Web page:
Council passes final reading of new Short Term Debt Bylaw for Indoor Arena and Aquatics Centre

An overview of the new pool that’s part of the Indoor Arena and Aquatics Centre being built in The Yard Entertainment District. The photo was included in a City of Prince Albert press release from February 2024. -- City of Prince Albert photo.

Prince Albert City Council gave final approval to a Short Term Debt Bylaw that will allow the City to borrow an additional $18 million for the new Indoor Arena and Aquatics Centre.

Council voted 5-2 in favour of the bylaw during third reading at a Special Council Meeting on Wednesday afternoon. The loan will help cover cash flow fluctuations while the City waits to receive funding and revenue over the next five years.

Mayor Greg Dionne said fundraising and taxation generated by The Yard Entertainment District will cover the annual loan payments, which would be around $4.1 million for an interest rate of five per cent. Administration has recommended a fixed interest rate that does not exceed 5.35 per cent.

“It’s good because it’s at the final point now,” Dionne said in an interview following Wednesday’s vote. “We can move on with our fundraising and now all we have to wait for is the opening, which I hope will be late January or February of next year.”

The City already has already taken out loans of $30 million and $16 million to fund the new recreation centre. Those loans are expected to be repaid by 2058 and 2057 respectively.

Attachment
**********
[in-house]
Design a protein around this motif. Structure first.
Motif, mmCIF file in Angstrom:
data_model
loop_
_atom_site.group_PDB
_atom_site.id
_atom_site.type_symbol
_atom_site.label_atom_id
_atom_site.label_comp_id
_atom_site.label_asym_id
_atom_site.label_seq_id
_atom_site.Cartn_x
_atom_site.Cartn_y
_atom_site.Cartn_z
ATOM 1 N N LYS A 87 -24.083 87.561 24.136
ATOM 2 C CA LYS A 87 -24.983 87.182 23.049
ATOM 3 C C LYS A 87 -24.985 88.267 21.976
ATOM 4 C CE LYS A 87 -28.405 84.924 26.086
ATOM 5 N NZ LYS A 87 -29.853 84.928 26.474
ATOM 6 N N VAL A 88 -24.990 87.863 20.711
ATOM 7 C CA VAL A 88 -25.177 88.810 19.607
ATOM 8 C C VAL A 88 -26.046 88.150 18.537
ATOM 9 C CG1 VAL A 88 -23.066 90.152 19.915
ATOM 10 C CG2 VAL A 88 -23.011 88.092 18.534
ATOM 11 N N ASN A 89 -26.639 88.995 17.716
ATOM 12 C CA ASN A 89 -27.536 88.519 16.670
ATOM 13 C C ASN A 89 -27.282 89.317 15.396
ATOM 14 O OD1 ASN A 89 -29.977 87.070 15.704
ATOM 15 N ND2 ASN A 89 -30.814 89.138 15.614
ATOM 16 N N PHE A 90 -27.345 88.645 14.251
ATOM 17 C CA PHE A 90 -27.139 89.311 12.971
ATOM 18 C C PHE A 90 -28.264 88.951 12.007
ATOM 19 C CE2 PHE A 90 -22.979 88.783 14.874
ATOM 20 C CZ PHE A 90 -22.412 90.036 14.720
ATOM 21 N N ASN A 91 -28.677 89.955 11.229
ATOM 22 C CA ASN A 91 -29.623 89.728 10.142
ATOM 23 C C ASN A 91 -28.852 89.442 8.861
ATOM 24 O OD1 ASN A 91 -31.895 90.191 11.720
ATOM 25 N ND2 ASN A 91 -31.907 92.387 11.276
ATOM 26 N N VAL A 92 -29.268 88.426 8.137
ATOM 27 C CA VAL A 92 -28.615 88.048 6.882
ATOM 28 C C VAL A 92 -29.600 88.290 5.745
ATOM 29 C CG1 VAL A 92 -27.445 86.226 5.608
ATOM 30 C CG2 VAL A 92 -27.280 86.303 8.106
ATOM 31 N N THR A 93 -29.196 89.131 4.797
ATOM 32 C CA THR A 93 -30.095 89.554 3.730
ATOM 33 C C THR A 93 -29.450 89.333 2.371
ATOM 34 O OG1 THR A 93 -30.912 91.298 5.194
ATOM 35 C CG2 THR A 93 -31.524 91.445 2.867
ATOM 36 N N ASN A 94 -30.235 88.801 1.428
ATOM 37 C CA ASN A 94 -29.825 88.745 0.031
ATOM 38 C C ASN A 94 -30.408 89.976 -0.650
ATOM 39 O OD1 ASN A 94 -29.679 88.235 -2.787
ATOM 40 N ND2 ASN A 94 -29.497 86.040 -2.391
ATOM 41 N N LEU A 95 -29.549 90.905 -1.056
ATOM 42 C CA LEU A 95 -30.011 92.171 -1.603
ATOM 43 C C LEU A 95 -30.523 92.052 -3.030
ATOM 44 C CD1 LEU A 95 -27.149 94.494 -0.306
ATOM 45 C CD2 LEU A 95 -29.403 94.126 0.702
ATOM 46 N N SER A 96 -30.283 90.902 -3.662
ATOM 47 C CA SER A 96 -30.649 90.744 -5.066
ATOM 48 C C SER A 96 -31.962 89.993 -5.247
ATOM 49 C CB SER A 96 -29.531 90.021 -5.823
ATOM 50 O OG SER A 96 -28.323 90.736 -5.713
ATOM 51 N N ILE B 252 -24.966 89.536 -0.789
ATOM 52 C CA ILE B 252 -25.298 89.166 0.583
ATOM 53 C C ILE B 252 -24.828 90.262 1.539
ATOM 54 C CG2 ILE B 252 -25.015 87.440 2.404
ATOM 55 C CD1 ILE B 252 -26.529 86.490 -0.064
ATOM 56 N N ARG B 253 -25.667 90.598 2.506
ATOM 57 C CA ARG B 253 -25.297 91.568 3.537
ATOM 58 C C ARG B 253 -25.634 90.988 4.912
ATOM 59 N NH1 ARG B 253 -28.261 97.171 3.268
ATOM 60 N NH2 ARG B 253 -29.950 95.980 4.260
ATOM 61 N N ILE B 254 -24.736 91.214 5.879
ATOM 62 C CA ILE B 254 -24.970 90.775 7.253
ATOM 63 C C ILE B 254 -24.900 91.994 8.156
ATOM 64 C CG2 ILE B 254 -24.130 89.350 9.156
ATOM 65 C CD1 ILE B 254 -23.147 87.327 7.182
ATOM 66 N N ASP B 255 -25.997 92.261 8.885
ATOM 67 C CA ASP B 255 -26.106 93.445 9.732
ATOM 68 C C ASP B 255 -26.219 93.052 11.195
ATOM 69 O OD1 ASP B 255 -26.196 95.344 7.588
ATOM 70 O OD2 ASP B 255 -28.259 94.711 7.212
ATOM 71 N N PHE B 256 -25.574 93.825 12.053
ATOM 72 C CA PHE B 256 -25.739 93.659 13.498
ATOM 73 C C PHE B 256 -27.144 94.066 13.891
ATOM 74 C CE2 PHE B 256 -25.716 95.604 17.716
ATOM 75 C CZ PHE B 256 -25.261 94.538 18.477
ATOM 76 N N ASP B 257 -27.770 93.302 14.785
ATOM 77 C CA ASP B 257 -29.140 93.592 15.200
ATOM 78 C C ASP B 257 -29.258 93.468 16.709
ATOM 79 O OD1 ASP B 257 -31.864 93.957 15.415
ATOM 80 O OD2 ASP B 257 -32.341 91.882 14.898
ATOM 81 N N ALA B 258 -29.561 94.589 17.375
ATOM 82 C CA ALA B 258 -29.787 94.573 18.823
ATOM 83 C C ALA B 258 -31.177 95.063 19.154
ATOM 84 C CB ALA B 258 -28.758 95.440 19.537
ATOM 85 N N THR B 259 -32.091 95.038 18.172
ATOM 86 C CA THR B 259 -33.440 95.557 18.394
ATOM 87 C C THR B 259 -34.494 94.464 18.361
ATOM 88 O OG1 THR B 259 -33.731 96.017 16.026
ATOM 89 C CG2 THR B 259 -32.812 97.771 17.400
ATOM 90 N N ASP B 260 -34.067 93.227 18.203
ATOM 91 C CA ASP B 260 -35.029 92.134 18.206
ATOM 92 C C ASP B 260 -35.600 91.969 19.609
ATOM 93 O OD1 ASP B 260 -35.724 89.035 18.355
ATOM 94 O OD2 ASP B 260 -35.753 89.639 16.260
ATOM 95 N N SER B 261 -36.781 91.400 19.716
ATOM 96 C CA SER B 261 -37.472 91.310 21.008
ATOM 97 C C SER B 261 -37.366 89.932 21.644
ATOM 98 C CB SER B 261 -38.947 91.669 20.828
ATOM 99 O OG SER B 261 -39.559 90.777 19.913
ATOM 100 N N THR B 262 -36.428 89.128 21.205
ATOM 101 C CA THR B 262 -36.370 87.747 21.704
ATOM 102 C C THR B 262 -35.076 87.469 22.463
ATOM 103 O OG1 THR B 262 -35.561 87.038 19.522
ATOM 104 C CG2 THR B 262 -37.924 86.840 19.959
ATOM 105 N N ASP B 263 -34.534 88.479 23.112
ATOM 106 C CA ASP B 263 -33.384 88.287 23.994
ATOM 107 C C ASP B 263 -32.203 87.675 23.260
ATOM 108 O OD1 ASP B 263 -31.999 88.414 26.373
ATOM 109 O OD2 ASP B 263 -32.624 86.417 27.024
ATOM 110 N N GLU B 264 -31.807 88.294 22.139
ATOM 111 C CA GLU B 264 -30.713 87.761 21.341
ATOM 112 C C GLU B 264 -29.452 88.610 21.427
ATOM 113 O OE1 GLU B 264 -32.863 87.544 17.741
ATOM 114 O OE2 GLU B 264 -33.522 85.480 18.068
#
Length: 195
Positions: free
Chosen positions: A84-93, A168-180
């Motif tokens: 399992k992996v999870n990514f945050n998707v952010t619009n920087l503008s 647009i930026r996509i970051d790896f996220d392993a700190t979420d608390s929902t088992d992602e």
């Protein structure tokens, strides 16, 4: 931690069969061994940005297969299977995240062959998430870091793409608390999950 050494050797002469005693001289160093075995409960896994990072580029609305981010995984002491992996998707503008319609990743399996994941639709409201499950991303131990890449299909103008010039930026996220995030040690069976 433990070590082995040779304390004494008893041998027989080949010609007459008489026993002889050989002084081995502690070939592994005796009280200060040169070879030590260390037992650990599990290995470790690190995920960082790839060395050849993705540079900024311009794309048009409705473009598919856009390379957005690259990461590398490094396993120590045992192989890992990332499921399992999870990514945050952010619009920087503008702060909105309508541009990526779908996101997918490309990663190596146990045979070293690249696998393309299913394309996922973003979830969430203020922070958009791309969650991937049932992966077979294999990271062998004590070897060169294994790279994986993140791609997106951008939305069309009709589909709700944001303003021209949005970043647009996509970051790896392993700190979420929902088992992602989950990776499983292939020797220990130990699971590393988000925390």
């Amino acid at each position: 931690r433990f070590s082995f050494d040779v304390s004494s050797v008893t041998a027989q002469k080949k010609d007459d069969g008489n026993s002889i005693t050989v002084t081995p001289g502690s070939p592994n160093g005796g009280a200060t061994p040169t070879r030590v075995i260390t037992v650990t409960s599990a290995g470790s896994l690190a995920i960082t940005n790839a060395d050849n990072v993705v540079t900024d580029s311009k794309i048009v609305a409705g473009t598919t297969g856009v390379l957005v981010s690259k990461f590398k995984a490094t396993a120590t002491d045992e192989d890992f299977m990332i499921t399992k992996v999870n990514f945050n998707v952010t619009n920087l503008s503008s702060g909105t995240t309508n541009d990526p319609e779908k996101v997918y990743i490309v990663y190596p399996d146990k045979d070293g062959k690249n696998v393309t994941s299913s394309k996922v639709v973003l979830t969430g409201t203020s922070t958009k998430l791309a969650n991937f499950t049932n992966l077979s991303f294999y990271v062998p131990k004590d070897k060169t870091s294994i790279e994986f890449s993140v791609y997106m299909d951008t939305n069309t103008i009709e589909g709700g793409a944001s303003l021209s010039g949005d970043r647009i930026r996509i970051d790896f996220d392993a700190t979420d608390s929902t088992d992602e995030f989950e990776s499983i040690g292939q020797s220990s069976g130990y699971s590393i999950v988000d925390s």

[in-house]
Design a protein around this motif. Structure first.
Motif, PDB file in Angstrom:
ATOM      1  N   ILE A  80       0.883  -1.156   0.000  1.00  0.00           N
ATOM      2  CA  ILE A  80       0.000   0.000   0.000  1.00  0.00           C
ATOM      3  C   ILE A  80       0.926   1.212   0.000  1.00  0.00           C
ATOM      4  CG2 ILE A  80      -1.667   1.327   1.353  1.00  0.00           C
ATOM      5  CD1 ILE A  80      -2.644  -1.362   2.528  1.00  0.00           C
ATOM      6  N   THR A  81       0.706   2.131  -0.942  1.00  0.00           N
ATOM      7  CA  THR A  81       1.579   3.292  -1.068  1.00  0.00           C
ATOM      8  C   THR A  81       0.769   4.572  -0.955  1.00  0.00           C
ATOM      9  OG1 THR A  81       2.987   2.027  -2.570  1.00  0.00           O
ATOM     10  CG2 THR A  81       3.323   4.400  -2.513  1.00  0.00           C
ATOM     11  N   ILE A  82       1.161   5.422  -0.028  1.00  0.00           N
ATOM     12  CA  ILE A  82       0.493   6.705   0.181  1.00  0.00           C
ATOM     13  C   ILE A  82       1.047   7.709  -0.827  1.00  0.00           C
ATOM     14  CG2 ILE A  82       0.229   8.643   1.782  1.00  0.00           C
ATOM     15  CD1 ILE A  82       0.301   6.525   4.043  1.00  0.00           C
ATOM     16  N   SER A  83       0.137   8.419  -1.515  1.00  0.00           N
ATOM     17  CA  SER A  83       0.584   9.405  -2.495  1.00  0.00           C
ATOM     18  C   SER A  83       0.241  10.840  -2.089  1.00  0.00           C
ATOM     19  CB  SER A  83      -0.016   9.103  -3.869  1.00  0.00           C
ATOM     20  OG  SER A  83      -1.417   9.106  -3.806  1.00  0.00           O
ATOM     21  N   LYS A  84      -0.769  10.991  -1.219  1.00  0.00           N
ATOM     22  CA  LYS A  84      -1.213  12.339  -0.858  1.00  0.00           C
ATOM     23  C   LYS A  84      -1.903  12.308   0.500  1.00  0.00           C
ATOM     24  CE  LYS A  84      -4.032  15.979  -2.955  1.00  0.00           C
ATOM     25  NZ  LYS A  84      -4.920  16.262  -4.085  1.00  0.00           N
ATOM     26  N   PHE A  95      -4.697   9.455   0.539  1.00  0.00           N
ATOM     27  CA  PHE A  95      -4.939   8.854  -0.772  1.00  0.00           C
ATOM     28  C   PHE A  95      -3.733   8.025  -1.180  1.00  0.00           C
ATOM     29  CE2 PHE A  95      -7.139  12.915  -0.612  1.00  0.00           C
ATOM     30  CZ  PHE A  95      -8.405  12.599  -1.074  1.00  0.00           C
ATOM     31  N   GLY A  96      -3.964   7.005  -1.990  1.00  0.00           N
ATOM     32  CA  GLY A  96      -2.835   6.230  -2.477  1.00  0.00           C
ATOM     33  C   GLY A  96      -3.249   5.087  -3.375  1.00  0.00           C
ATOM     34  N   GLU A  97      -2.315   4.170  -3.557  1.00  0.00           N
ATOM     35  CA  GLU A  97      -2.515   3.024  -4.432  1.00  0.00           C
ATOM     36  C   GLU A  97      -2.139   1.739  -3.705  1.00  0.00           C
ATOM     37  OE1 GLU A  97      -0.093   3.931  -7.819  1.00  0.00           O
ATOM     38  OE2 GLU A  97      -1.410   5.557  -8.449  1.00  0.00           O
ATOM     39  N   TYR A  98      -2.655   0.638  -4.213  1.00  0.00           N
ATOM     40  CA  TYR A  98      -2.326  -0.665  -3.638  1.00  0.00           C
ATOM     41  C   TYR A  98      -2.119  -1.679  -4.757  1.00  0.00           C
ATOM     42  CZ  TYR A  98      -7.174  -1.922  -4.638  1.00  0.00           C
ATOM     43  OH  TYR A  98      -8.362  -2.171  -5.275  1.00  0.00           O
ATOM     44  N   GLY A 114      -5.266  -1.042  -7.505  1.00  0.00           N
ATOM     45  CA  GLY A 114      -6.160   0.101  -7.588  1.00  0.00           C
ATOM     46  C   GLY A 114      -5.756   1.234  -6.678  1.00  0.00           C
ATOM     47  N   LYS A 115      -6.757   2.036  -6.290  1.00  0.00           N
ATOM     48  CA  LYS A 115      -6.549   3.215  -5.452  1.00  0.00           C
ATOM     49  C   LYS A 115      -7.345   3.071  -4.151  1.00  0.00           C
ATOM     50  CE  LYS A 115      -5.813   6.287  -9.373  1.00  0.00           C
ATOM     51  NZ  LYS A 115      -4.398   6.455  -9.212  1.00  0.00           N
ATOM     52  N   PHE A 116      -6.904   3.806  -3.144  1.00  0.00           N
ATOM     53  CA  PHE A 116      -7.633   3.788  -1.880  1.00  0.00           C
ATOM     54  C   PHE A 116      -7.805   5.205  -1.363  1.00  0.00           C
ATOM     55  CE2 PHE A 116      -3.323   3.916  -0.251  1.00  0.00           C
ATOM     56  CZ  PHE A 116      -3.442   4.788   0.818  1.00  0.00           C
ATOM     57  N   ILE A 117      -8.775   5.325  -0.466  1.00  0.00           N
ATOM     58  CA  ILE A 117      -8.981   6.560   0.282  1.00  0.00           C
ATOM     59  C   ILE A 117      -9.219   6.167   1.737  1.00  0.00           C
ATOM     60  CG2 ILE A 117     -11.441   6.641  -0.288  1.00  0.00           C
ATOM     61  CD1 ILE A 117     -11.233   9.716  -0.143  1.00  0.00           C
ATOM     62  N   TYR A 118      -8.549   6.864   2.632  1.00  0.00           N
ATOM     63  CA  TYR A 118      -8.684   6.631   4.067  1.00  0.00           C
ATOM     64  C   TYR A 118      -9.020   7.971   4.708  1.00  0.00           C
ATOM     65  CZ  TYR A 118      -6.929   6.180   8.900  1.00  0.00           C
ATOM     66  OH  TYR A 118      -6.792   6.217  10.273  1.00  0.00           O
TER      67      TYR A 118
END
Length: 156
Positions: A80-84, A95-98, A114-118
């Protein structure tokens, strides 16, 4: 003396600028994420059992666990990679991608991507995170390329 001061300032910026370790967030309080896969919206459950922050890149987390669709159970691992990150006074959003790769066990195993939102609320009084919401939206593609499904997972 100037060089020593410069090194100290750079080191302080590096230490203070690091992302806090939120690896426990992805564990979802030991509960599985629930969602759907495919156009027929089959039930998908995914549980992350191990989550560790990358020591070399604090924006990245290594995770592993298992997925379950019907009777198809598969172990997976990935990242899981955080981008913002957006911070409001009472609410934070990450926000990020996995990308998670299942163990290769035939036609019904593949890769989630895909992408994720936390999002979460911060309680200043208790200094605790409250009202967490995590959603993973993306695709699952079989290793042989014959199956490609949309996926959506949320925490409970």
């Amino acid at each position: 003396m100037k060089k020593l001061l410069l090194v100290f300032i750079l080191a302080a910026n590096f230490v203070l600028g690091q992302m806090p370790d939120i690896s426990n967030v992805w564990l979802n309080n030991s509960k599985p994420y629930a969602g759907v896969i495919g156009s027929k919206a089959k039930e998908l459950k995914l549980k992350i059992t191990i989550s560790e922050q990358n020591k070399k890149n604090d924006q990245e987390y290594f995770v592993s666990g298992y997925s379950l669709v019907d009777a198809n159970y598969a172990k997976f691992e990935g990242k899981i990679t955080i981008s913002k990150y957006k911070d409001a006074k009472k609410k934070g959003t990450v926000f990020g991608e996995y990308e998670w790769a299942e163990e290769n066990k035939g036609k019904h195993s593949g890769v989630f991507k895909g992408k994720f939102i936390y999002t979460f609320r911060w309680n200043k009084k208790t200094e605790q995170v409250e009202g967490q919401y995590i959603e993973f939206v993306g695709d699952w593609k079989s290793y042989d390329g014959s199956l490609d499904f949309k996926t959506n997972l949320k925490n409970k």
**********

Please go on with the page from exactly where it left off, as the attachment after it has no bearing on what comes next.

According to a report included in the agenda package for Wednesday’s meeting, the City has an estimated $85.6 million in outstanding debt as of the end of 2023.

The City’s authorized debt limit is $120 million approved by the Saskatchewan Municipal Board.

The Municipal Financing Corporation of Saskatchewan financed both the $30 million and $16 million loans, and administration has recommended they finance the $18 million loan as well.

Dionne said he’s confident residents will support the $18 million loan because of how quickly the area around the arena has been developed. The City owns 25 acres at the 80 acre site, with the rest hosting an assortment of restaurants, hotels, and other businesses.

Couns. Charlene Miller and Tony Head both voted against the bylaw. Couns. Terra Lennox-Zepp and Darren Solomon were not present for the vote.

In an interview afterward, Miller said her constituents aren’t happy with how many loans the City has taken out on this project, and she’s voting in line with their concerns.

“I said no to the $30 million (and) I’ve said no, obviously, to another $18 million,” Miller said. “I just think it’s too much. People are telling me that it’s too much to be spending and I’m the one who is getting the phone calls, so I’m just doing as my people expect me to do.”

The City began discussions about borrowing an additional $18 million in February. In a statement released before the February meeting, City Manager Sherry Person said the city anticipated covering some construction costs with fundraising, but failed to consider many fundraising commitments would be paid over several years instead of up front in one lump sum.

The City expects fundraising dollars to come in over the next 5-10 years. Both Person and Dionne said the loan would help the ensure the project was completed on schedule and within budget.